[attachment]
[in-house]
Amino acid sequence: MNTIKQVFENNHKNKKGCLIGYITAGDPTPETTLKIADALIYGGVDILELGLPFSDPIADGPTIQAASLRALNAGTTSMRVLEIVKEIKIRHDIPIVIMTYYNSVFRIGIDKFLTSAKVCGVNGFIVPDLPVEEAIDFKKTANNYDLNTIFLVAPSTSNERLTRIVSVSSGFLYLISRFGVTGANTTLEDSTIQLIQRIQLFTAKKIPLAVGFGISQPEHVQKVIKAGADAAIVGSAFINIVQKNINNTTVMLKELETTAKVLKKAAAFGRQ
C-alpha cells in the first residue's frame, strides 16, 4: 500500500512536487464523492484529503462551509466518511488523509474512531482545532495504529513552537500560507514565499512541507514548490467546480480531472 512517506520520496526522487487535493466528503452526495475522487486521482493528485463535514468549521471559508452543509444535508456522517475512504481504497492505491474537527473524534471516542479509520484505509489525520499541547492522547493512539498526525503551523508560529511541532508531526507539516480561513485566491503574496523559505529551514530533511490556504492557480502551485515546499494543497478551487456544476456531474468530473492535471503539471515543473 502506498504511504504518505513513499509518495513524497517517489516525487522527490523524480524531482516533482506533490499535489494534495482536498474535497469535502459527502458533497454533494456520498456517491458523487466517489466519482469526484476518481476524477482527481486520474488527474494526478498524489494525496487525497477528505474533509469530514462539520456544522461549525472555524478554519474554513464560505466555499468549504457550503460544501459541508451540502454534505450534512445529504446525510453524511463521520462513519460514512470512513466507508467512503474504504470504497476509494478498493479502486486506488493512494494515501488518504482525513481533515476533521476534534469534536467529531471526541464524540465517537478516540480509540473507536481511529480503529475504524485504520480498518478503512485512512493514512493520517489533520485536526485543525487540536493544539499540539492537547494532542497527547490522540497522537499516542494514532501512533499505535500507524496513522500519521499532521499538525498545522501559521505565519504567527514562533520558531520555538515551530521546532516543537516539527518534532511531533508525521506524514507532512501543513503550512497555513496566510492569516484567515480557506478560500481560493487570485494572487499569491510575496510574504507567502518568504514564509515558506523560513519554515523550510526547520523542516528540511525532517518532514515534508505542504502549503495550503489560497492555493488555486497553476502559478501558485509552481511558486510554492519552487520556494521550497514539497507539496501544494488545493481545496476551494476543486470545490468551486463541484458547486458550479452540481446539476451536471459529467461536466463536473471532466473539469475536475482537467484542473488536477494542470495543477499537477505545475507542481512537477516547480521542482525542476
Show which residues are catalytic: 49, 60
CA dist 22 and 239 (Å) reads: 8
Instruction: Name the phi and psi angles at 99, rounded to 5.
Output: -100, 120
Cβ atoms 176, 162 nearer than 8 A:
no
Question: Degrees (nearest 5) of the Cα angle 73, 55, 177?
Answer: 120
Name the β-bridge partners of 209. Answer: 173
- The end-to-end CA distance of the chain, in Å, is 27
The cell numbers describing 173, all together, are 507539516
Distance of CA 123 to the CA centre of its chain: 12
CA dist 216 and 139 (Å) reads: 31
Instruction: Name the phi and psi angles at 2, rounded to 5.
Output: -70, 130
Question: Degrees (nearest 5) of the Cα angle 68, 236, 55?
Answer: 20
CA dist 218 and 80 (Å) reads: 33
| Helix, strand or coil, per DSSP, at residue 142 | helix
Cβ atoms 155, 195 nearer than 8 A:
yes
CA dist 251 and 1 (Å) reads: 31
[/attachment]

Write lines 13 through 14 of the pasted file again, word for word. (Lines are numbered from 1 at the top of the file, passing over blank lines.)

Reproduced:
- The end-to-end CA distance of the chain, in Å, is 27
The cell numbers describing 173, all together, are 507539516